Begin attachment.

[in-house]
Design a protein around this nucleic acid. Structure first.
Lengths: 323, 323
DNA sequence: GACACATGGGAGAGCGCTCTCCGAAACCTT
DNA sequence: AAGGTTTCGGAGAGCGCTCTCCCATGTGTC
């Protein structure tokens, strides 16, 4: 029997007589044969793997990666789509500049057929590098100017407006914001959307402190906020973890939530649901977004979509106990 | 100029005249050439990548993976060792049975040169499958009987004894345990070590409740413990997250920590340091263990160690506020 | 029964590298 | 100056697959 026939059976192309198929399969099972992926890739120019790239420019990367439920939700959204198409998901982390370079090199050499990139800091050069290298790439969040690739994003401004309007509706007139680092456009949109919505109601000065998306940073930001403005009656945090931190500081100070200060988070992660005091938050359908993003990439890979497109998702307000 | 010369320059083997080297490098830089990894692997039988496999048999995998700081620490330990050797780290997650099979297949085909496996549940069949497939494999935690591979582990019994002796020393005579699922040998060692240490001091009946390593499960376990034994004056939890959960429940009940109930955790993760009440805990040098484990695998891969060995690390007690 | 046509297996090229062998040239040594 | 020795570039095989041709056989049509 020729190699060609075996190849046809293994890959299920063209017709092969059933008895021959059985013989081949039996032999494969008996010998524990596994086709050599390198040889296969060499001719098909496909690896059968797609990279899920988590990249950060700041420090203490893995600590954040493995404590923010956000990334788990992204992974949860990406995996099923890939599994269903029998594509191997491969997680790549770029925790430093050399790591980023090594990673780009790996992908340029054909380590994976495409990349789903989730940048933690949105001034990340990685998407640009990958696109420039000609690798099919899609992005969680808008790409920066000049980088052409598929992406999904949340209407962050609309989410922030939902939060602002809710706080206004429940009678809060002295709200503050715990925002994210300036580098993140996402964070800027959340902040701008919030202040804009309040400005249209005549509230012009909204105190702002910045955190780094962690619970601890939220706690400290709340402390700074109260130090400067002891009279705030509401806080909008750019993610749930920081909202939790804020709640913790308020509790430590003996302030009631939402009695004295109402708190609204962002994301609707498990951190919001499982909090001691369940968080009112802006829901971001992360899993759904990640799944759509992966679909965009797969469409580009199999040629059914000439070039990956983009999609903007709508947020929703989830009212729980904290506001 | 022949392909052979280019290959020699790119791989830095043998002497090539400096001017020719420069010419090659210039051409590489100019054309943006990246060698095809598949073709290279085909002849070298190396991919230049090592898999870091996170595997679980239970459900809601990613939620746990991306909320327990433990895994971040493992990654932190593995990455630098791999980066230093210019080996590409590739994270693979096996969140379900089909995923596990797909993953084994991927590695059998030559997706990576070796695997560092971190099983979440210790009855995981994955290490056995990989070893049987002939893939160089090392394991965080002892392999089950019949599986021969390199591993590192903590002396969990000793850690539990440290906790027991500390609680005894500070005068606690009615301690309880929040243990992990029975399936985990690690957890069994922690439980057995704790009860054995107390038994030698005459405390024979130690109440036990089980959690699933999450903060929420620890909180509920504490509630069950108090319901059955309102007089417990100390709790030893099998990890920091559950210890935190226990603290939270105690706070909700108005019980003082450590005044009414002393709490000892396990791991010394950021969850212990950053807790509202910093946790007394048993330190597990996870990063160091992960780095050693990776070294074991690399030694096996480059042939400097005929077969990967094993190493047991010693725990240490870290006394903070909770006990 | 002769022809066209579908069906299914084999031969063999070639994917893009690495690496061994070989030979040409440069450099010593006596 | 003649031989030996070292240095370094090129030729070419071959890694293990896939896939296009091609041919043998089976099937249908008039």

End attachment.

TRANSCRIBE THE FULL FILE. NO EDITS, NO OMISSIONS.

[in-house]
Design a protein around this nucleic acid. Structure first.
Lengths: 323, 323
DNA sequence: GACACATGGGAGAGCGCTCTCCGAAACCTT
DNA sequence: AAGGTTTCGGAGAGCGCTCTCCCATGTGTC
């Protein structure tokens, strides 16, 4: 029997007589044969793997990666789509500049057929590098100017407006914001959307402190906020973890939530649901977004979509106990 | 100029005249050439990548993976060792049975040169499958009987004894345990070590409740413990997250920590340091263990160690506020 | 029964590298 | 100056697959 026939059976192309198929399969099972992926890739120019790239420019990367439920939700959204198409998901982390370079090199050499990139800091050069290298790439969040690739994003401004309007509706007139680092456009949109919505109601000065998306940073930001403005009656945090931190500081100070200060988070992660005091938050359908993003990439890979497109998702307000 | 010369320059083997080297490098830089990894692997039988496999048999995998700081620490330990050797780290997650099979297949085909496996549940069949497939494999935690591979582990019994002796020393005579699922040998060692240490001091009946390593499960376990034994004056939890959960429940009940109930955790993760009440805990040098484990695998891969060995690390007690 | 046509297996090229062998040239040594 | 020795570039095989041709056989049509 020729190699060609075996190849046809293994890959299920063209017709092969059933008895021959059985013989081949039996032999494969008996010998524990596994086709050599390198040889296969060499001719098909496909690896059968797609990279899920988590990249950060700041420090203490893995600590954040493995404590923010956000990334788990992204992974949860990406995996099923890939599994269903029998594509191997491969997680790549770029925790430093050399790591980023090594990673780009790996992908340029054909380590994976495409990349789903989730940048933690949105001034990340990685998407640009990958696109420039000609690798099919899609992005969680808008790409920066000049980088052409598929992406999904949340209407962050609309989410922030939902939060602002809710706080206004429940009678809060002295709200503050715990925002994210300036580098993140996402964070800027959340902040701008919030202040804009309040400005249209005549509230012009909204105190702002910045955190780094962690619970601890939220706690400290709340402390700074109260130090400067002891009279705030509401806080909008750019993610749930920081909202939790804020709640913790308020509790430590003996302030009631939402009695004295109402708190609204962002994301609707498990951190919001499982909090001691369940968080009112802006829901971001992360899993759904990640799944759509992966679909965009797969469409580009199999040629059914000439070039990956983009999609903007709508947020929703989830009212729980904290506001 | 022949392909052979280019290959020699790119791989830095043998002497090539400096001017020719420069010419090659210039051409590489100019054309943006990246060698095809598949073709290279085909002849070298190396991919230049090592898999870091996170595997679980239970459900809601990613939620746990991306909320327990433990895994971040493992990654932190593995990455630098791999980066230093210019080996590409590739994270693979096996969140379900089909995923596990797909993953084994991927590695059998030559997706990576070796695997560092971190099983979440210790009855995981994955290490056995990989070893049987002939893939160089090392394991965080002892392999089950019949599986021969390199591993590192903590002396969990000793850690539990440290906790027991500390609680005894500070005068606690009615301690309880929040243990992990029975399936985990690690957890069994922690439980057995704790009860054995107390038994030698005459405390024979130690109440036990089980959690699933999450903060929420620890909180509920504490509630069950108090319901059955309102007089417990100390709790030893099998990890920091559950210890935190226990603290939270105690706070909700108005019980003082450590005044009414002393709490000892396990791991010394950021969850212990950053807790509202910093946790007394048993330190597990996870990063160091992960780095050693990776070294074991690399030694096996480059042939400097005929077969990967094993190493047991010693725990240490870290006394903070909770006990 | 002769022809066209579908069906299914084999031969063999070639994917893009690495690496061994070989030979040409440069450099010593006596 | 003649031989030996070292240095370094090129030729070419071959890694293990896939896939296009091609041919043998089976099937249908008039």